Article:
This paper presents a novel approach to incrementally estimating visual motion over a sequence of images. We start by formulating constraints on image motion to account for the possibility of multiple motions. This is achieved by exploiting the notions of weak continuity and robust statistics in the formulation of the minimization problem. The resulting objective function is non-convex. Traditional stochastic relaxation techniques for minimizing such functions prove inappropriate for the task. We present a highly parallel incremental stochastic minimization algorithm which has a number of advantages over previous approaches. The incremental nature of the scheme makes it truly dynamic and permits the detection of occlusion and disocclusion boundaries.

pdf video abstract [BibTex]

pdf video abstract [BibTex]

1990


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A model for the detection of motion over time

Black, M. J., Anandan, P.

In Proc. Int. Conf. on Computer Vision, ICCV-90, pages: 33-37, Osaka, Japan, December 1990 (inproceedings)

Abstract
We propose a model for the recovery of visual motion fields from image sequences. Our model exploits three constraints on the motion of a patch in the environment: i) Data Conservation: the intensity structure corresponding to an environmental surface patch changes gradually over time; ii) Spatial Coherence: since surfaces have spatial extent neighboring points have similar motions; iii) Temporal Coherence: the direction and velocity of motion for a surface patch changes gradually. The formulation of the constraints takes into account the possibility of multiple motions at a particular location. We also present a highly parallel computational model for realizing these constraints in which computation occurs locally, knowledge about the motion increases over time, and occlusion and disocclusion boundaries are estimated. An implementation of the model using a stochastic temporal updating scheme is described. Experiments with both synthetic and real imagery are presented.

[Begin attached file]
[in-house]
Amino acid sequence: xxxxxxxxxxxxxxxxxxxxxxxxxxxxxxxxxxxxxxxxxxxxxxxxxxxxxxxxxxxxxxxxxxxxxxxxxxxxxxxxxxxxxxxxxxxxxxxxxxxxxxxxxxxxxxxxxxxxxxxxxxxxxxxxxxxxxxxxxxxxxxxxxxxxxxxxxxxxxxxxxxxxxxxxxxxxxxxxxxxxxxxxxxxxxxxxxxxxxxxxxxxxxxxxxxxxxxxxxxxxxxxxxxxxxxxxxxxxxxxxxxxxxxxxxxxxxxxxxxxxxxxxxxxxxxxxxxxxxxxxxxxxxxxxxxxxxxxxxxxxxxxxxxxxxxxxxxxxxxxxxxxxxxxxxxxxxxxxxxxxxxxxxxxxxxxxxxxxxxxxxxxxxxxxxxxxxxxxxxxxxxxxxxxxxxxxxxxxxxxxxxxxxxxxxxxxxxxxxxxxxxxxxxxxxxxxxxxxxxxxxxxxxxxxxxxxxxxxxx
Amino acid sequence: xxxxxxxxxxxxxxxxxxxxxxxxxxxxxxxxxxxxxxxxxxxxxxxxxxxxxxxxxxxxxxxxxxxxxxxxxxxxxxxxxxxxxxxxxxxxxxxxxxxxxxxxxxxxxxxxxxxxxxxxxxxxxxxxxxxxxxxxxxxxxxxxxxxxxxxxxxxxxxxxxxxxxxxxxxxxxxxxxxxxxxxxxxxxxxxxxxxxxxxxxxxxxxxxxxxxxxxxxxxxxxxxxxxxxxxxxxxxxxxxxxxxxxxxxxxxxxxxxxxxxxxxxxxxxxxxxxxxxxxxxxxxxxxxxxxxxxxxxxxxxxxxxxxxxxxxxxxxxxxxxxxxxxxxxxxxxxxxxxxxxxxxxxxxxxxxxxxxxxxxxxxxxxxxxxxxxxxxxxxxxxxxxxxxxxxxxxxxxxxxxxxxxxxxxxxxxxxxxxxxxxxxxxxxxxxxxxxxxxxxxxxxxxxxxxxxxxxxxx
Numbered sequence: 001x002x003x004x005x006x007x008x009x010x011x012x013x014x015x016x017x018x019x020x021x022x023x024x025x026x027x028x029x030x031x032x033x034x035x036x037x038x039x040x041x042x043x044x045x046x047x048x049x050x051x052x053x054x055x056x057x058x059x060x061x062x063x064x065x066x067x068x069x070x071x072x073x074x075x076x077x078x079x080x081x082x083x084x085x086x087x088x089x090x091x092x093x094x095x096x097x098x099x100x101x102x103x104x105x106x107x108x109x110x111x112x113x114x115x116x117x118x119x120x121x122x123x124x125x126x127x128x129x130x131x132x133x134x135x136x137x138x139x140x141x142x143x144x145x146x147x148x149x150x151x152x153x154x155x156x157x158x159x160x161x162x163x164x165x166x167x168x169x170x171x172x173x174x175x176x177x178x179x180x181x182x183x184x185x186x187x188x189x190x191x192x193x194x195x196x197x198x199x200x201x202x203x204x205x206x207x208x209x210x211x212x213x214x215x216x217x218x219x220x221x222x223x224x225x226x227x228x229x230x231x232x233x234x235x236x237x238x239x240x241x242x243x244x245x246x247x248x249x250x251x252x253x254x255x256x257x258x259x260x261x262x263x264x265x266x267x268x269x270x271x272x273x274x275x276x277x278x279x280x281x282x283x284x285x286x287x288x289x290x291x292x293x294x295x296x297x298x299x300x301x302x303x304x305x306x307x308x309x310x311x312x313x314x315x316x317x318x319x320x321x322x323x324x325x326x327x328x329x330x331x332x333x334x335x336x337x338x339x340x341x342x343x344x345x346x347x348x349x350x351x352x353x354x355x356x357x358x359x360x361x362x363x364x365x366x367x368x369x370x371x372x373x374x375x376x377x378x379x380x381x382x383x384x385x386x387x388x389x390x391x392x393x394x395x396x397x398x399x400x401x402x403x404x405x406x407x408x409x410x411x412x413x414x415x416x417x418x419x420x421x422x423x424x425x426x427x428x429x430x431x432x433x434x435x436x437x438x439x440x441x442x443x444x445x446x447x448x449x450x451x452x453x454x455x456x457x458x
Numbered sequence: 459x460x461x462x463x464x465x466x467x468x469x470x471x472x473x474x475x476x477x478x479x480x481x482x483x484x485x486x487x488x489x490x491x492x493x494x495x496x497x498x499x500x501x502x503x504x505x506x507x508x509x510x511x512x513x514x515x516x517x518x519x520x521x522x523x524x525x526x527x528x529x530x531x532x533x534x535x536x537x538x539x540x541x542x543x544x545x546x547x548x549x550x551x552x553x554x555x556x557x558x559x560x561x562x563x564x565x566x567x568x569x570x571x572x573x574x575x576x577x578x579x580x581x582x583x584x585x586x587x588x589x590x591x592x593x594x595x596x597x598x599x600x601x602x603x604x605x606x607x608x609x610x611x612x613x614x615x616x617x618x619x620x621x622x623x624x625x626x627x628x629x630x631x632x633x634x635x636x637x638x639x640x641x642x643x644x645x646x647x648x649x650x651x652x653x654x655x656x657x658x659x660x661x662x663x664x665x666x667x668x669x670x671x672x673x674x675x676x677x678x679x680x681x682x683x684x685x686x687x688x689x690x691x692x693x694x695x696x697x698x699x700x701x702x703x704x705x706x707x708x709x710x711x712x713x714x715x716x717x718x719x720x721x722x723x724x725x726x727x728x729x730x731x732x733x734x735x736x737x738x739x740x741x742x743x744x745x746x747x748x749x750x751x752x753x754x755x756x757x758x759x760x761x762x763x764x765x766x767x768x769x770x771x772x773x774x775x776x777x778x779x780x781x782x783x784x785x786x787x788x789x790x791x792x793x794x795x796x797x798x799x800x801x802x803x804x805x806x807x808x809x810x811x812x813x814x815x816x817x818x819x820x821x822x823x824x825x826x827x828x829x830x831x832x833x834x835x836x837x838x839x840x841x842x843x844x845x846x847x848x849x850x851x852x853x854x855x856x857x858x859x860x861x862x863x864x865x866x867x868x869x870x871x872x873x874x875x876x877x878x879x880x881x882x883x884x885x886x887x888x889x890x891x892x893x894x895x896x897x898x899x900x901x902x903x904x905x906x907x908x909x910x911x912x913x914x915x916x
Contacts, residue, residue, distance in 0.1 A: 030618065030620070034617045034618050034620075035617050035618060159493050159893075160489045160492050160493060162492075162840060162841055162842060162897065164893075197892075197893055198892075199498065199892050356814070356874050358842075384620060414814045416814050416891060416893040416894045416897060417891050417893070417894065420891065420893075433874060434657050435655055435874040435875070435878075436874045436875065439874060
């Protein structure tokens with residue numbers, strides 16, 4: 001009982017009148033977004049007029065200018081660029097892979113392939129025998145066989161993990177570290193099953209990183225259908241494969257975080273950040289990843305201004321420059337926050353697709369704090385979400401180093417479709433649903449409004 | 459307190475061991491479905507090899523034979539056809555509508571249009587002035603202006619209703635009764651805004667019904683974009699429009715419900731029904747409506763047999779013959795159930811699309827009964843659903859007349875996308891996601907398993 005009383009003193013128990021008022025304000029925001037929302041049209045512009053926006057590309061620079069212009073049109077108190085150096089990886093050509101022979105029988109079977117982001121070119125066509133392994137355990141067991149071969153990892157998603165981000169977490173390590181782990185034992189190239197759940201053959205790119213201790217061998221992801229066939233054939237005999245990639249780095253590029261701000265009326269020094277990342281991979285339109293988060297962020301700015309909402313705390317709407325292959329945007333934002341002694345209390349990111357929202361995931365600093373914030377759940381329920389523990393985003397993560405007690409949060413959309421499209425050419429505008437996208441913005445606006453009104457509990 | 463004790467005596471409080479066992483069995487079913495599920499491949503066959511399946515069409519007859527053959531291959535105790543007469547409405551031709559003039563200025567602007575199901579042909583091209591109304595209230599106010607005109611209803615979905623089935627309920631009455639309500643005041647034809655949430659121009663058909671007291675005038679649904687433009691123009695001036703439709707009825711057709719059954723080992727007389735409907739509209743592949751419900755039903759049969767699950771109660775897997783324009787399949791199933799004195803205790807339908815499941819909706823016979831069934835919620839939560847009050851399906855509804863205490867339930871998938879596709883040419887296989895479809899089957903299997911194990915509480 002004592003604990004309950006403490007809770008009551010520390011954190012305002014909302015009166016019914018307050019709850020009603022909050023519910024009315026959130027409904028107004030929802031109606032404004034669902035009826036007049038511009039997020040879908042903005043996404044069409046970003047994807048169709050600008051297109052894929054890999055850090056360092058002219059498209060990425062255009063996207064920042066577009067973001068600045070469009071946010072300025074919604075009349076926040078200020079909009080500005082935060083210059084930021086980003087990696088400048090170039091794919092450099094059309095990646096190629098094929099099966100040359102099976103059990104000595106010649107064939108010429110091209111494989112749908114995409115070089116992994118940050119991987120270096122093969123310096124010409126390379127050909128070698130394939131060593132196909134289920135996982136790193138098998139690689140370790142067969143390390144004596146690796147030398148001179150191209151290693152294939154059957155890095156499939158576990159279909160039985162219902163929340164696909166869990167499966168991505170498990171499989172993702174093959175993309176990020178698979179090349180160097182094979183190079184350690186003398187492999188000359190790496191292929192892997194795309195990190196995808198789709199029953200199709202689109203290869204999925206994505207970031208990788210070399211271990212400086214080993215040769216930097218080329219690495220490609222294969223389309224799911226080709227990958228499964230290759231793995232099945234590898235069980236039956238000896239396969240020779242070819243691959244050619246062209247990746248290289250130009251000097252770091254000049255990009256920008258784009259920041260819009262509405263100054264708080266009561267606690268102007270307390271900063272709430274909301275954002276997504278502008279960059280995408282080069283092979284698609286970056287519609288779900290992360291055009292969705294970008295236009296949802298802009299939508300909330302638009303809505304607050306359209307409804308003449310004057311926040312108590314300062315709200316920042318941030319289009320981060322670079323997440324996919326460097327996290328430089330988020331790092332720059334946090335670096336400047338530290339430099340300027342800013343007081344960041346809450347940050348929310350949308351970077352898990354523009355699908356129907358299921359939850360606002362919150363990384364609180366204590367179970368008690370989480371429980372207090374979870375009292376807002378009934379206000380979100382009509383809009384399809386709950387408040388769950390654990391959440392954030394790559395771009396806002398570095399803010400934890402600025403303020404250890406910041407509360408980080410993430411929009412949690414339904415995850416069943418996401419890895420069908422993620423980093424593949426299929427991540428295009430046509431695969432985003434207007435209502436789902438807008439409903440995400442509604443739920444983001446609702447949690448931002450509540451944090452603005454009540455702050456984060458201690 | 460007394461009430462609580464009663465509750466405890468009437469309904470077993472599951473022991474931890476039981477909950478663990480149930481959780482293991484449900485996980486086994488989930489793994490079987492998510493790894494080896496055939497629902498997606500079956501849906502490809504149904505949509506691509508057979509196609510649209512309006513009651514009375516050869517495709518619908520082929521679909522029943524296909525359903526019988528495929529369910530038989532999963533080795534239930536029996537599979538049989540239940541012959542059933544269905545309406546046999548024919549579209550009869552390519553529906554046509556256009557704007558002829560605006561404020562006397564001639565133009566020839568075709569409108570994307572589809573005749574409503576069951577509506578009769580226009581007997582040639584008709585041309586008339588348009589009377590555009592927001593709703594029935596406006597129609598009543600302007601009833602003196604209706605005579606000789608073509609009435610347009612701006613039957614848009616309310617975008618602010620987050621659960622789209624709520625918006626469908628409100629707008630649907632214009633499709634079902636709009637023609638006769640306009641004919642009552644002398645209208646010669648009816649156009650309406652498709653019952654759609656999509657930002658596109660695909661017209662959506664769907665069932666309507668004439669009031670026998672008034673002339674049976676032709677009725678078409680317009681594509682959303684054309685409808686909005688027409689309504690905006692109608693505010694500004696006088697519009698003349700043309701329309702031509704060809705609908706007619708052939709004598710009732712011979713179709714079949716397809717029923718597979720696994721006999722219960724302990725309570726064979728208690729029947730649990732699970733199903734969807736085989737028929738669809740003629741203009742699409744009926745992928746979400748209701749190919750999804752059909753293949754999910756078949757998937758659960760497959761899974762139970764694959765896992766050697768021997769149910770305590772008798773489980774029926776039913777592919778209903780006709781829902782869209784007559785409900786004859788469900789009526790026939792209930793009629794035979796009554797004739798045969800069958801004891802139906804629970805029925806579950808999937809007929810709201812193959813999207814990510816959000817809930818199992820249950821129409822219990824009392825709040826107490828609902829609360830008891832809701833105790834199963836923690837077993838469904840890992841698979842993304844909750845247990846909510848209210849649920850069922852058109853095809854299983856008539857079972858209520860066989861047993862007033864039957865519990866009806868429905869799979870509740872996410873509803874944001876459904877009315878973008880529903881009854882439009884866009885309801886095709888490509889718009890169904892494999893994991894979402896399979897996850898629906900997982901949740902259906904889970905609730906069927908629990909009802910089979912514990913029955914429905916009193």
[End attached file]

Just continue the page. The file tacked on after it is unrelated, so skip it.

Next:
pdf [BibTex]

1990

pdf [BibTex]


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Constraints for the early detection of discontinuity from motion

Black, M. J., Anandan, P.

In Proc. National Conf. on Artificial Intelligence, AAAI-90, pages: 1060-1066, Boston, MA, 1990 (inproceedings)

Abstract
Surface discontinuities are detected in a sequence of images by exploiting physical constraints at early stages in the processing of visual motion. To achieve accurate early discontinuity detection we exploit five physical constraints on the presence of discontinuities: i) the shape of the sum of squared differences (SSD) error surface in the presence of surface discontinuities; ii) the change in the shape of the SSD surface due to relative surface motion; iii) distribution of optic flow in a neighborhood of a discontinuity; iv) spatial consistency of discontinuities; V) temporal consistency of discontinuities. The constraints are described, and experimental results on sequences of real and synthetic images are presented. The work has applications in the recovery of environmental structure from motion and in the generation of dense optic flow fields.

pdf [BibTex]

pdf [BibTex]